Originally posted by wormer
With age, somatic cells are thought to accumulate genomic scars as a resilt of the inaccurate repair to double stranded breaks by NHEJ. Estimates based on frequency of breaks in primary human fibroblasts suggest that by the age of 70 each human somatic cell carry some 2000 NHEJ-induced mutations due to inaccurate repair. If these mutations were distributed ra ...[text shortened]... you expect to be affected?
(assume 2.5% of the genome is crucial information provided by genes)
Suppose the probability of a coding mutation is x (which you seem to be saying is 2%, so 0.02). There are N mutations in total (N = 2000). Then the average number of mutations is:
<n> = 0* probability of all non-coding mutations + 1 * probability of exactly 1 coding mutation + 2 * probability of exactly 2 coding mutations + ... + N * probability that all mutations are in coding DNA.
Let's look at the typical term, we need to know the probability of n coding mutations. The probability of getting n coding mutations in a row is x^n (x to the power of n). The probability of then getting (N - n) non-coding mutations is (1 - x)^(N - n). We have to take into account that we can get our n coding mutations and (N - n) non-coding mutations in any order. This is given by the binomial coefficient (which I'll write C(N, n)). So the typical term in the above polynomial is:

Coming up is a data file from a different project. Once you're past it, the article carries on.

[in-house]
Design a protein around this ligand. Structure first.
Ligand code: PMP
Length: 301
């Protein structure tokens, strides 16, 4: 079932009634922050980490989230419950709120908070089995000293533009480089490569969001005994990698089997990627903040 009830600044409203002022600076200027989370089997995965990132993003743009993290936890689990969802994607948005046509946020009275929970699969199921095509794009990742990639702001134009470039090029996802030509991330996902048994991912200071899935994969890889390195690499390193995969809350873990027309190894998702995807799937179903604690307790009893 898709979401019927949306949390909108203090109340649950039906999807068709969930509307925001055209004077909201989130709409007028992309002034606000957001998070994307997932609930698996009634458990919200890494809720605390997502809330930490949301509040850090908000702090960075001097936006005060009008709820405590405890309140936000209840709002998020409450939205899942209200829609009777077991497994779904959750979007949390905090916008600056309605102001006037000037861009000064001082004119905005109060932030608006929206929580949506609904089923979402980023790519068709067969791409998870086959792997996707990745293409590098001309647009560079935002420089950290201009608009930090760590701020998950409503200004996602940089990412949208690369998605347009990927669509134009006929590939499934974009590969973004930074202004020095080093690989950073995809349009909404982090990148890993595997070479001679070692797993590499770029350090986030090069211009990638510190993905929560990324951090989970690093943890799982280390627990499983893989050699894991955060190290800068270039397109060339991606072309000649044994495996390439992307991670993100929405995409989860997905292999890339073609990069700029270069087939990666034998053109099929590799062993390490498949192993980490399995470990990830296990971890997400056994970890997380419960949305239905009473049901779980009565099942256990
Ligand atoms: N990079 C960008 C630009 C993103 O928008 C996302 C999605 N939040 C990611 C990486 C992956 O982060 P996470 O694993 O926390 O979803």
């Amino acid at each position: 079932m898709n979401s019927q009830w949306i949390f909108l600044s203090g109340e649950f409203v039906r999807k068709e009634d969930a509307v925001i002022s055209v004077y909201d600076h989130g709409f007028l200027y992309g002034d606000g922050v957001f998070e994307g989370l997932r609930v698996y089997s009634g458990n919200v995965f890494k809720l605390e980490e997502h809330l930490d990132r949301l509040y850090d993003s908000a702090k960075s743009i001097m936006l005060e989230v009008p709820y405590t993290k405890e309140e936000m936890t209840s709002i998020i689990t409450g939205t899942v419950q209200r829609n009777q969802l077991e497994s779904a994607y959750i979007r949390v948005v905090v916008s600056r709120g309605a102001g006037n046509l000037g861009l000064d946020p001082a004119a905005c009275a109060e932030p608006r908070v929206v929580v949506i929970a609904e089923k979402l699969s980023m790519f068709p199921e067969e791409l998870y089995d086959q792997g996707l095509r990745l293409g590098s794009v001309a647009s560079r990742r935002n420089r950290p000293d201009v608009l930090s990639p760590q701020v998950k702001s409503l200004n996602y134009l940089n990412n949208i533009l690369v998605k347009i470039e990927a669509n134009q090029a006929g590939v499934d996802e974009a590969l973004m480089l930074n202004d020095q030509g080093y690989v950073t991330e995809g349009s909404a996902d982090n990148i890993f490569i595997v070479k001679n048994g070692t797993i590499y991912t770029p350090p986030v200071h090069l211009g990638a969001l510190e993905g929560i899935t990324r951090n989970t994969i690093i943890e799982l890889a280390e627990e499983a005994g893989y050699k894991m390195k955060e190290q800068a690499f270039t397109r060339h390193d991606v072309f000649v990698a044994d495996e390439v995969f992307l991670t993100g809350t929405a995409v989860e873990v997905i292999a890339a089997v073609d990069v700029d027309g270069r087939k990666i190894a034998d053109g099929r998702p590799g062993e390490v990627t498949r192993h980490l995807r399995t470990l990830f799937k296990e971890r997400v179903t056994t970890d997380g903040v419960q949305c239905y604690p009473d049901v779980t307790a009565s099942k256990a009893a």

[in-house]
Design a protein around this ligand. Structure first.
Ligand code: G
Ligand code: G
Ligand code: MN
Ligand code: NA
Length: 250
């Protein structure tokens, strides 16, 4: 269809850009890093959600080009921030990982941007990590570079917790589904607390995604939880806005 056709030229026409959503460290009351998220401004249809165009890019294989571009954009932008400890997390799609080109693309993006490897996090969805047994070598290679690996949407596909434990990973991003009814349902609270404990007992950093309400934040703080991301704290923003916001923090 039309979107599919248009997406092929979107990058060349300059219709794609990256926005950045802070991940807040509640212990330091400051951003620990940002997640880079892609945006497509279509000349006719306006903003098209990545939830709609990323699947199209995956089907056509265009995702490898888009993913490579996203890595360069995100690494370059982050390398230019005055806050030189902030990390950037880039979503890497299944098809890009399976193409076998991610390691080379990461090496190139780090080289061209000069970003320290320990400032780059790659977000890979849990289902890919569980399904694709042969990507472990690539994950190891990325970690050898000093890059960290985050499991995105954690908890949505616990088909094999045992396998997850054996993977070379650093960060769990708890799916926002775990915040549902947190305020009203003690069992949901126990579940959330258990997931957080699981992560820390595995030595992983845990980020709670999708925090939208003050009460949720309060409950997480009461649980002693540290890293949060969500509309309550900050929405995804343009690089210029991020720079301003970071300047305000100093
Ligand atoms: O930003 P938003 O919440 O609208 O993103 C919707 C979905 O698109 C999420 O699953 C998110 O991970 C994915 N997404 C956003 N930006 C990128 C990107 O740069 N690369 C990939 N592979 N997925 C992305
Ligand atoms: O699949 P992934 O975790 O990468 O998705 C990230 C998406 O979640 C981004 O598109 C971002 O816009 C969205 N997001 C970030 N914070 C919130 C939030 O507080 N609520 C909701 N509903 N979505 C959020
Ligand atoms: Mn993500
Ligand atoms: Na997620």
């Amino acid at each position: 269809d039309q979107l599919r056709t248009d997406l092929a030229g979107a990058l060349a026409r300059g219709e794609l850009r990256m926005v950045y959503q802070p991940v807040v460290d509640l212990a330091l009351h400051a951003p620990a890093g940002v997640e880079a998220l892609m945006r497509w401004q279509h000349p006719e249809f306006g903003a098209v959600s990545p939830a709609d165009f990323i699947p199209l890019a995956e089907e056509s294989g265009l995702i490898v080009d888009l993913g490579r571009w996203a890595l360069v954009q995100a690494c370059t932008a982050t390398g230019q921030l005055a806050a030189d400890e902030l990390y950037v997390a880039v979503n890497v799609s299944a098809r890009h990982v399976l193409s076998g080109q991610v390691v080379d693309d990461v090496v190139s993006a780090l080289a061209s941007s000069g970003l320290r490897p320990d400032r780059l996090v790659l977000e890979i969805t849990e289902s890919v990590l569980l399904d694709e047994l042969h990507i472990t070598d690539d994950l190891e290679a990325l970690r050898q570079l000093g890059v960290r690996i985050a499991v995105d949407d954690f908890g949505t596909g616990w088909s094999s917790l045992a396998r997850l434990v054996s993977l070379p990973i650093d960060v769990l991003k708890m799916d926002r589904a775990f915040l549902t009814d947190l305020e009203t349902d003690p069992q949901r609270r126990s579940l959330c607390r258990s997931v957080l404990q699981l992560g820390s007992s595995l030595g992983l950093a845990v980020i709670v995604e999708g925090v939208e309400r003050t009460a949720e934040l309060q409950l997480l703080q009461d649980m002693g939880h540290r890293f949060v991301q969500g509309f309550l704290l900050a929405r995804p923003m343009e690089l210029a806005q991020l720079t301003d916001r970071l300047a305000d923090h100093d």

n * C(N, n) * x^n * (1 - x)^(N - n)
To sum this we need a new variable y = x / (1-x), and we can rewrite the typical term as:
n* C(N, n) * y^n * (1 - x)^N
So the average number of coding mutations is now:
<n> = (1 - x)^N * sum(n = 0 ... N) n * C(N, n) * y^n
We can use that d/dy y^n = n y^(n - 1), to do the sum:
<n> = y*(1 - x)^N * d/dy sum(n = 0 ... N) C(N, n) * y^n
The sum is now straightforward:
<n> = y * (1 - x)^N * d/dy (1 + y)^N = y * (1 - x)^N * [N * (1+y)^(N - 1)]
1 + y = 1/(1 - x) so that:
<n> = [x/(1 - x)] * [(1 - x)^N] * N * [1/(1 - x)]^(N - 1) = Nx = 2000 * 0.02 = 40
So twhitehead got the right answer.
The only catch is if we have to take into account the possibility that a coding mutation is in a critical gene which produces a highly conserved protein and the mutation kills the cell. Some of these mutations might kill the organism, for example if it is on the PrP gene causing CJD before age 70. So we need to factor out mutations that kill cells or the entire organism. If there are m coding bases in total of which p are critical coding bases and the genome is length l, then where x was m/l we'd need to replace it with (m - p)/(l - p). If p is small compared with m then don't worry about it.